When one clock hit zero 1/9/12, another was just beginning its countdown. Although Les Miles had just led his team within one game of a championship, that night in New Orleans laid the groundwork for the feud between Miles and athletic director Joe Alleva that would eventually see Miles fired and LSU football taken in a sharp change of direction.
Between the title game loss to Alabama to the end of the 2014 season LSU would go a combined 28-11 and 15-9 in conference play, but the wins continually masked a program that was going into chaos, with Miles and Alleva each pouring fuel to the fire and each game moving the needle on if LSU would or wouldn’t fire Miles.
One of the focal points between Alleva and Miles was defensive coordinator John Chavis. Chavis had been one of Miles’ top coaches and had earned his due but it seemed that every year some issue arose with Chavis, Miles, and Alleva. Ultimately, Chavis left to take the Texas A&M job following the 2014 season in part because much of his contract had various financial tie ins with Miles’ status at LSU. Although Chavis was happy working for Miles, the contract and constant Miles job speculation were too much to handle. But the story doesn’t end here. Shortly after Chavis left for Texas A&M, he sued the school claiming he was owed money. Roughly two years after the initial lawsuit, the two sides settled for an unspecified amount.
Throughout this time, Miles continually was baffled on the offensive side of the ball. Things appeared to be clicking when Miles brought his Michigan buddy Cam Cameron in as offensive coordinator in 2013. His first year, Cameron had the offense humming. How much of that centered around having OBJ, Jarvis Landry, Jeremy Hill, and Zach Mettenberger as upperclassmen is unclear, but once that group left, the offense reverted back to struggle mode.
On the recruiting trail, the Tigers still were pulling in stronger classes, but the instability had led to some decommitments from some of the most sought after players, most notably Felipe Franks and Dylan Moses.
The peak of the feud between Miles and Alleva came during the 2015 season. By this time Cameron’s brilliance had begun to wear out and new defensive coordinator Kevin Steele had not generated the lockdown units that Chavis had.
Things in 2015 got off to a pretty good start thanks to a god like start from Leonard Fournette that made him the Heisman favorite and had LSU at 7-0 by the end of October. Then came Alabama who crushed LSU, which was followed by a bad loss to Arkansas, and then another disaster game against Ole Miss. After starting the season averaging 38 points through the first seven games, the Tigers scored a combined 37 points over that three game stretch. Each game led to more and more rumored reports and leaks that LSU was on the verge of firing the head coach.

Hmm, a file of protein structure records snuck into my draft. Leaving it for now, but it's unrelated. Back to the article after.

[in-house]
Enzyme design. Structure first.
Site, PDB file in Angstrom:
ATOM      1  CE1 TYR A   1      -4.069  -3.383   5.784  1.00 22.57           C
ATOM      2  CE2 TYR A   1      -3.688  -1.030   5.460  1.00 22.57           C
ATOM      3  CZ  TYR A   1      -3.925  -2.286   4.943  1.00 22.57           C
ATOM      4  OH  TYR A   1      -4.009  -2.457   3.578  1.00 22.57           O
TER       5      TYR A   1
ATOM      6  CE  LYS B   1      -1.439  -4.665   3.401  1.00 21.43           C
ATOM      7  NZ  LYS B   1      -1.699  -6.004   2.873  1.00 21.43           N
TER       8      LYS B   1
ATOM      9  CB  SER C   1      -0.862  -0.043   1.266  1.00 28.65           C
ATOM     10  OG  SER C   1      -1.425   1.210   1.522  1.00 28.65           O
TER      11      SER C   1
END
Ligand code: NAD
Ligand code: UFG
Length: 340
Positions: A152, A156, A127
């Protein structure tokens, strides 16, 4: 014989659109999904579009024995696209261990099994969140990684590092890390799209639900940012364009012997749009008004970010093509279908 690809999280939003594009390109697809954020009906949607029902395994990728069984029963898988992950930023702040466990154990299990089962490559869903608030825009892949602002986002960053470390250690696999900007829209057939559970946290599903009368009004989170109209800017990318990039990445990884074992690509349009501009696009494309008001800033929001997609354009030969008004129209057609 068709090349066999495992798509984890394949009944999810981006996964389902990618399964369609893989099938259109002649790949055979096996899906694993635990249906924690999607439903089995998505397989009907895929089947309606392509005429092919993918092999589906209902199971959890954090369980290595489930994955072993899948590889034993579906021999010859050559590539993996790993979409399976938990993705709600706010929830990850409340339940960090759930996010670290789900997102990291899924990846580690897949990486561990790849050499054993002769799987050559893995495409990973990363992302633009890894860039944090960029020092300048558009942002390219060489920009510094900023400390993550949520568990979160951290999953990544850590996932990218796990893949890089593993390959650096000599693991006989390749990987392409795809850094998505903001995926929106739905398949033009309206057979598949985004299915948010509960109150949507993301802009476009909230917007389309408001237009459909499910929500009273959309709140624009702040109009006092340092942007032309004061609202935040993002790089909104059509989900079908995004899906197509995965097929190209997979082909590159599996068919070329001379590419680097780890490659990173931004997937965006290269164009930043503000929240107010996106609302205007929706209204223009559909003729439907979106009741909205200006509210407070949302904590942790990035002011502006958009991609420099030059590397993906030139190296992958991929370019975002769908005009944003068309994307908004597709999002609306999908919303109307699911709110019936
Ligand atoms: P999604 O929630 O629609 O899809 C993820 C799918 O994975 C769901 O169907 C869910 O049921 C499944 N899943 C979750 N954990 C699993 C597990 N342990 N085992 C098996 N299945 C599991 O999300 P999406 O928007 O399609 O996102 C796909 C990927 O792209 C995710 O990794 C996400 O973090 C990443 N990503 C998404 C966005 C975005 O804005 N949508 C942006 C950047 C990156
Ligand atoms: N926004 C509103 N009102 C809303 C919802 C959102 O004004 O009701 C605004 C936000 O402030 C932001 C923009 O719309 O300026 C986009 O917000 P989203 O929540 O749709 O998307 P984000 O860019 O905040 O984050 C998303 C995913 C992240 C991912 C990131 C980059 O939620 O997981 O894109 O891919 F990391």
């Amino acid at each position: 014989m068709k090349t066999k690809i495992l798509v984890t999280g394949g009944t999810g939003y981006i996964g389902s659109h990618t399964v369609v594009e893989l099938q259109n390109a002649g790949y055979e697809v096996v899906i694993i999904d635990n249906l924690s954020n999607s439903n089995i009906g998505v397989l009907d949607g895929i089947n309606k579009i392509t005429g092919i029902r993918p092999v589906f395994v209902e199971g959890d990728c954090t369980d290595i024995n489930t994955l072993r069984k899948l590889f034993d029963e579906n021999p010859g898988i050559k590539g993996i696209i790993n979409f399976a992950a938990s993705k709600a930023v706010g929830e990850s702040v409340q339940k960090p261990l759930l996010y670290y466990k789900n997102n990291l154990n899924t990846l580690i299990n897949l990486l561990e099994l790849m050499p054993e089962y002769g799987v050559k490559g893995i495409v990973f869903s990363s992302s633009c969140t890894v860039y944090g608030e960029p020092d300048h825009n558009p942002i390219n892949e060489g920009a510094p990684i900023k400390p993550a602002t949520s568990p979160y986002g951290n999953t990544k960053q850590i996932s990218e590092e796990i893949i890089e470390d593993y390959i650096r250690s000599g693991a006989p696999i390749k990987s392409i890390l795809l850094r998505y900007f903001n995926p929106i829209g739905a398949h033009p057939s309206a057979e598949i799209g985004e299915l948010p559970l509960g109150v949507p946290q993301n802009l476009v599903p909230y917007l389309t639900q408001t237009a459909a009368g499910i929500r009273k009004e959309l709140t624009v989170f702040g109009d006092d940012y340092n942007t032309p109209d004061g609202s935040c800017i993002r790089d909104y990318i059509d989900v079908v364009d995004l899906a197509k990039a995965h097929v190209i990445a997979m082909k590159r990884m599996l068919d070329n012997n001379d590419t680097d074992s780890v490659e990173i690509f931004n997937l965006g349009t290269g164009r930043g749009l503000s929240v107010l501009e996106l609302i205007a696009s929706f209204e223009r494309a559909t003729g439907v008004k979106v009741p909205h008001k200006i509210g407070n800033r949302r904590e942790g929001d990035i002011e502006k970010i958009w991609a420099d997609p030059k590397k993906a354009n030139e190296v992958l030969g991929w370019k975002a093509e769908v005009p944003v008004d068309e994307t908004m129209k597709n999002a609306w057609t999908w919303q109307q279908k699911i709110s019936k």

With the regular season finale against Texas A&M things were at DEFCON 2 with Miles’ status at LSU and prior to gametime with every indication, notably from Miles himself, that this would be his last game. Then something happened unexpectedly by the absurd list of high level LSU officials who were dropping news about Miles’ future, public opinion swayed heavily in favor of Miles. So much so that by gametime the emotion was somewhere between a protest and a funeral.
In what was the game Leonard Fournette set the single season rushing record and the final game for announcer Jim Hawthorne in Tiger Stadium, the biggest play happened in the stands where Alleva and LSU leadership met during halftime, at which point the Tigers were trailing 7-6. In spite of Alleva having the backing to remove Miles, a decision was made, with influence from other top power players, to keep Miles as the head coach. The Tigers would win the game with the players carrying Miles on their shoulders and an awkward post game press conference where Alleva would confirm Miles would be the head coach moving forward.
It wasn’t exactly smooth sailing after the A&M game. Sure enough the contract card came up again when Steele departed after just one season for Auburn, in part due to Miles’ job insecurity. Then after a 2-2 start the following season LSU fired Miles, named Ed Orgeron interim coach and the rest is history.
Although this feud seemed to last an eternity it ultimately had more winners than losers. Miles is still beloved on campus, and received thunderous cheers when he returned a year later to celebrate the ten year anniversary of the 2007 championship team. Chavis got his money and hasn’t fielded a defense remotely close to what he had at LSU since his departure. Steele is now one of the highest paid coordinators in the country at Auburn and has led a defense which has allowed LSU comeback victories twice over the last four seasons. Alleva can take credit for officially hiring Orgeron, but he “resigned” in the Spring of 2019 and remains persona non grata on campus.
The Miles-Aleva feud was the journey from 1/9/12 to 1/13/20. It was a trek from the lowest points to the highest. You always hope something good can come out of something bad, and for LSU it most certainly did.